FINIS SwiMP3v2 waterproof MP3 player review

4.5 out of 5
£90

For

Lets you listen to music under water, easy to transfer songs

Against

You'll have to wear goggles, not that stylish, you'll get funny looks from other swimmers

Swimming is a great sport, but up and down, up and down the length of the pool can be dull. No music, no sounds of the world, just the rush of water passing your ears and the occasional announcement over the Tannoy.

The Finis SwimMP3 (yes awful name we know) aims to change all that. It is a waterproof MP3 system that allows you to listen to your favourite tracks in the pool without getting your usual MP3 player (read iPod) wet and damaged.

The system is a fairly simple affair, lacking in any real concept of stylish design, that attaches to your goggles. Rather than come with earphones that you stick in your ears, the system works via bone conduction.

It's a goofy approach, but one that actually works. You basically place the SwiMP3 so that its large pads are over your temples, leaving your ears free to hear the lifeguard's whistle, but also so you don't have anything messing with your ears - which can be uncomfortable and potentially unbalance you in the water.

Controls are found on the device itself, and you'll get play, fast forward, rewind and volume controls. To save on space, the volume and skip buttons are on the same button, which can mean that you skip track when all you wanted to do was turn the volume up, but for the most part it is easy to master.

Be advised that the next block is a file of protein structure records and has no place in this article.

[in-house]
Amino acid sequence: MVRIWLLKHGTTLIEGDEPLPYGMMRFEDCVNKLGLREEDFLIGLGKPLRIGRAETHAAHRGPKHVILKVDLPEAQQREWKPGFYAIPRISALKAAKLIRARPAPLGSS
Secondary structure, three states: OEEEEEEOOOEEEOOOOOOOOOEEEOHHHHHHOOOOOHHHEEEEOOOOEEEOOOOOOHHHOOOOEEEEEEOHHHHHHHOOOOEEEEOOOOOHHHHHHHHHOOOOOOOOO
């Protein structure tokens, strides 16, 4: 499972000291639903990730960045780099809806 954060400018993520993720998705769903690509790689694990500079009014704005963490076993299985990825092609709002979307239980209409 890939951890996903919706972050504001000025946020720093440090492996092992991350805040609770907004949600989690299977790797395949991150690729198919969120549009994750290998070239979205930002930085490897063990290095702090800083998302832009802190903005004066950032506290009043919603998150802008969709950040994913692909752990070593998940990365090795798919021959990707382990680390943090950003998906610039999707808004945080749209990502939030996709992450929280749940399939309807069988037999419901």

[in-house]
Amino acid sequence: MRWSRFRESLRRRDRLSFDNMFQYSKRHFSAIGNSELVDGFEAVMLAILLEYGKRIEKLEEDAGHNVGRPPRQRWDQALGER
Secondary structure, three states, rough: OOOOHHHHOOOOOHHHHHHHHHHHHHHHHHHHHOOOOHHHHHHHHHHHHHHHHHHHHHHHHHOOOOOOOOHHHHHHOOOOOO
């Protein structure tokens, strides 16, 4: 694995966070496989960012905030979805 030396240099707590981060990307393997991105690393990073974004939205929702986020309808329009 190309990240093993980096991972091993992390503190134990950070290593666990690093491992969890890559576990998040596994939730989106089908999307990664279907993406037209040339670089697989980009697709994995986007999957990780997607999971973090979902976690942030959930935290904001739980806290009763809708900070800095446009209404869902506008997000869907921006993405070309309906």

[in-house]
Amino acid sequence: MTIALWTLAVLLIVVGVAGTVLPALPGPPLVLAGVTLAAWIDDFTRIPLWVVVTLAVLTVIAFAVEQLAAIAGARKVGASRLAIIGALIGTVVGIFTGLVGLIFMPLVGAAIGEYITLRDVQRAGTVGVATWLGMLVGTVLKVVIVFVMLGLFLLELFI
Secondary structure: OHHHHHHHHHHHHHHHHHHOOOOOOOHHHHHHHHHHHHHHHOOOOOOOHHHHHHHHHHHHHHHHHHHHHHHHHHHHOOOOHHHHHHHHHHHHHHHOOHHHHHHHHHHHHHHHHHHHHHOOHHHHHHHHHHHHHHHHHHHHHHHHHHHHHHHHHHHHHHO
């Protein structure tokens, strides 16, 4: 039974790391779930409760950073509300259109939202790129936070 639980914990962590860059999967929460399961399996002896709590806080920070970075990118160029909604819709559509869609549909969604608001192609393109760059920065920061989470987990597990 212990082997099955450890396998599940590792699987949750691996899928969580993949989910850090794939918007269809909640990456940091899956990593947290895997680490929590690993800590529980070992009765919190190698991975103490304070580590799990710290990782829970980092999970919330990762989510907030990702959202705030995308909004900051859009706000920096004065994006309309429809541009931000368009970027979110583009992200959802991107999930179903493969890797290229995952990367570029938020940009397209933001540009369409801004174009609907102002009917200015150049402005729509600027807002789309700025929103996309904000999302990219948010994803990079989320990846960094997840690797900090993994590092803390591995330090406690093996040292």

With 256MB of storage this isn't going to hold your whole collection, but then I would be surprised if you can swim for that long. 256MB will give you around 60 songs. That's more than enough for a good hour swim (around 2 miles if you are good) so the small storage for us isn't an issue.

Transferring songs to the device is as easy as plugging it in and dragging and dropping the tracks over. Built into the system is a USB dongle and that lets you access the drive via the usual methods. There is no iTunes support thanks to a recent change to iTunes via the 8.2.1 update, although older iTunes versions shouldn't have a problem.

Once you're turned on and set-up from a comfort point of view you'll forget you've got the SwiMP3 on. Because it avoids your ears there is nothing to fall out or become uncomfortable.

We would have forgotten about it completely if it wasn't for the constant stares from other swimmers. This isn't a device you should wear if you don't like people smirking at you.

Of course bombing up and down the lanes you won't care what the slow coaches think, you'll care what it sounds like and after some time in the pool (the things we do for you…) we can report back that it's a very strange, but enjoyable experience.

Sound wise, we found it worked better underwater than on top. If you are a breast stoker who doesn't like to get their hair wet this is really isn't for you, however for real swimmers, the SwiMP3 sounded better once we got moving.

The sound, considering it's not in your ears and you are underwater is very good. It's not going to be the best audio you've ever heard, but then you are underwater, and frankly that's not the point. The point is all about making your 30-minute swim more enjoyable be it listening to music, an audiobook, or podcast.

There is also the motivational aspect to this too - swimming to The Prodigy is an awesome, but tiring, experience we've found. Perhaps we need to consider a playlist that more closely reflects our stroke rate in the water?

Verdict

If your session down the pool is starting to get a little dull, this will certainly liven it up.

The SwiMP3 isn't the most beautifully designed product in the world, nor is it the most stylish, however it achieves what it sets out to do - let you listen to music underwater.

For that reason if you are a bored regular swimmer, this is a must.